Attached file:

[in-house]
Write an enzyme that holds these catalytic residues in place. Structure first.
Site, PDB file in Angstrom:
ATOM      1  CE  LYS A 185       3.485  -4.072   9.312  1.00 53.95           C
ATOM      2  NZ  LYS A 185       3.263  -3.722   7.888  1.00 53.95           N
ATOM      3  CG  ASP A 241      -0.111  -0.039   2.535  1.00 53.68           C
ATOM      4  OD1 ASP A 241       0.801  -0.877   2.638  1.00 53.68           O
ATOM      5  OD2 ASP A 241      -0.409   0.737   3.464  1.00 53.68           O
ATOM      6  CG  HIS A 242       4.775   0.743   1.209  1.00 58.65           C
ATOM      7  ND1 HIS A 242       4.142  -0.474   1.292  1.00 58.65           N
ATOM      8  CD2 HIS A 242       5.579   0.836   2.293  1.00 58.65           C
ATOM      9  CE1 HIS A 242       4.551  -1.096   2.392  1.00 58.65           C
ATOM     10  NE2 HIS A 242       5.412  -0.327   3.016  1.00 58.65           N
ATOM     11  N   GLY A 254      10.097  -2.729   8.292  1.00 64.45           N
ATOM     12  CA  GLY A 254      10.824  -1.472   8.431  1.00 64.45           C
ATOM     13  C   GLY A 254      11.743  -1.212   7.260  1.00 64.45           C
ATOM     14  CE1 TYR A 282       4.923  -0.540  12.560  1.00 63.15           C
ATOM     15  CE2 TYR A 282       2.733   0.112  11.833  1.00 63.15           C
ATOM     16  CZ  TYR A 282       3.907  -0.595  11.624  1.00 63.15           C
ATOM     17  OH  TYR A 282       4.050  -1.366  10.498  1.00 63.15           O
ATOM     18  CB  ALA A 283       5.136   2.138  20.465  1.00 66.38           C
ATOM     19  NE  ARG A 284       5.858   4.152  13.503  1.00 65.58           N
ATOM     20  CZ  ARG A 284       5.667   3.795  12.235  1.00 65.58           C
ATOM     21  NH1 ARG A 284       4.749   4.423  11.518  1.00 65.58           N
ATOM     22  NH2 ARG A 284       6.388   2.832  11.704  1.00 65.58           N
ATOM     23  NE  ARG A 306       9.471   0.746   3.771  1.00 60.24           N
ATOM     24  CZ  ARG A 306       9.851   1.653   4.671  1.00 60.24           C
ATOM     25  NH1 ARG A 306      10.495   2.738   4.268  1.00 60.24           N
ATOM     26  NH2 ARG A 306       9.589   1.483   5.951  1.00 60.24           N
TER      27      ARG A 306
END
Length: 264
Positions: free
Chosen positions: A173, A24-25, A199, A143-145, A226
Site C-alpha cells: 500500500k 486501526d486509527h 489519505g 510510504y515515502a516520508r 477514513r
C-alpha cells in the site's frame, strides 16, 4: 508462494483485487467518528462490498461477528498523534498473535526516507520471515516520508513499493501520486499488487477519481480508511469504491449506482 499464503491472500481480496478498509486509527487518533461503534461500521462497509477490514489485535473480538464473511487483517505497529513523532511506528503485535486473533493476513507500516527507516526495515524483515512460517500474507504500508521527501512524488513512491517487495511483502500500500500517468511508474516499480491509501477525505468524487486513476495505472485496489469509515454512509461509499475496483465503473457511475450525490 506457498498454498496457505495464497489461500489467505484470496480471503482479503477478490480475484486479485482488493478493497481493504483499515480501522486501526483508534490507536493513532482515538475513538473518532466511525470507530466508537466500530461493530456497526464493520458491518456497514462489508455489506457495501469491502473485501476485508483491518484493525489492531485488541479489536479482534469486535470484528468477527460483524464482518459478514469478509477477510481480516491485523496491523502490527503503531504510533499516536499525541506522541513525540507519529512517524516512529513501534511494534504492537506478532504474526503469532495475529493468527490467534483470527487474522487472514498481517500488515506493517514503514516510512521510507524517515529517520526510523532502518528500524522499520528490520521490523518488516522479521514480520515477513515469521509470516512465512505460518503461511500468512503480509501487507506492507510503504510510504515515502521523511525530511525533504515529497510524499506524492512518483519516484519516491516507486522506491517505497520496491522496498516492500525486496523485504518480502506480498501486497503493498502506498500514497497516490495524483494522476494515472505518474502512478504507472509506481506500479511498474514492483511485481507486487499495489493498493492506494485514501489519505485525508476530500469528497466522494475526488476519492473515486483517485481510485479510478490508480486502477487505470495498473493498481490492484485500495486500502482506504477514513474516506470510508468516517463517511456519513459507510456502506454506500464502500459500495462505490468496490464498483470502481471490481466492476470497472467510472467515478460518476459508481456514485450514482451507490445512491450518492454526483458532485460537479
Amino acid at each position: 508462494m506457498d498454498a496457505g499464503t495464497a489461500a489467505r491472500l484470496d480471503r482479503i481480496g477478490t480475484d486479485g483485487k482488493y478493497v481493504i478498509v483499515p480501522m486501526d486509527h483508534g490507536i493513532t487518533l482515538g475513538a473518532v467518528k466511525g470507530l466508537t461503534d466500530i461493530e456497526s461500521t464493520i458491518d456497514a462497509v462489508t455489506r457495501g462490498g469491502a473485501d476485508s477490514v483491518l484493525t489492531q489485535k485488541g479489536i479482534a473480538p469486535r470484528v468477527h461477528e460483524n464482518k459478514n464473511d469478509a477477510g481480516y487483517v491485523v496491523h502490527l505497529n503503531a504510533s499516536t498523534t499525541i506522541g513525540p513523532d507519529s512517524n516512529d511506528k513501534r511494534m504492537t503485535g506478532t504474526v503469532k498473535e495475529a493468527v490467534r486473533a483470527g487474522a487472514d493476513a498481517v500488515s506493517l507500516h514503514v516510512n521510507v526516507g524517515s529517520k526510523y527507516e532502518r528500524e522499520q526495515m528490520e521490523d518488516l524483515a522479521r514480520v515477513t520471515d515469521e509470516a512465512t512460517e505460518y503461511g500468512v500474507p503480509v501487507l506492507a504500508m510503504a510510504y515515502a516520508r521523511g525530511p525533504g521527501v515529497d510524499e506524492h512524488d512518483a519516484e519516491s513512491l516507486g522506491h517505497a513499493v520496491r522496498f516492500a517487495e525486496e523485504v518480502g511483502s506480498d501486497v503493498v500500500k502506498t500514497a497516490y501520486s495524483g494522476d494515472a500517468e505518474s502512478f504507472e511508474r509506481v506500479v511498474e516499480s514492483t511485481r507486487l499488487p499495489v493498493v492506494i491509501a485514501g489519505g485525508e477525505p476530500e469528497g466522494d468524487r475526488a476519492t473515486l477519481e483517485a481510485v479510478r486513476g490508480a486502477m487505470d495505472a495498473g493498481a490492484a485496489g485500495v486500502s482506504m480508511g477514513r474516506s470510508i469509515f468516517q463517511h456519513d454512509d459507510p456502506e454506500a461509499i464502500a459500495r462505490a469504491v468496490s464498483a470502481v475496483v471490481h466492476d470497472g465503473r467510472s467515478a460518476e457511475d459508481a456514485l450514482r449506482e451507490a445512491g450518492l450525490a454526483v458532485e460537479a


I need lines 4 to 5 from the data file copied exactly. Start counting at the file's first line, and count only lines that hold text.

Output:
ATOM      1  CE  LYS A 185       3.485  -4.072   9.312  1.00 53.95           C
ATOM      2  NZ  LYS A 185       3.263  -3.722   7.888  1.00 53.95           N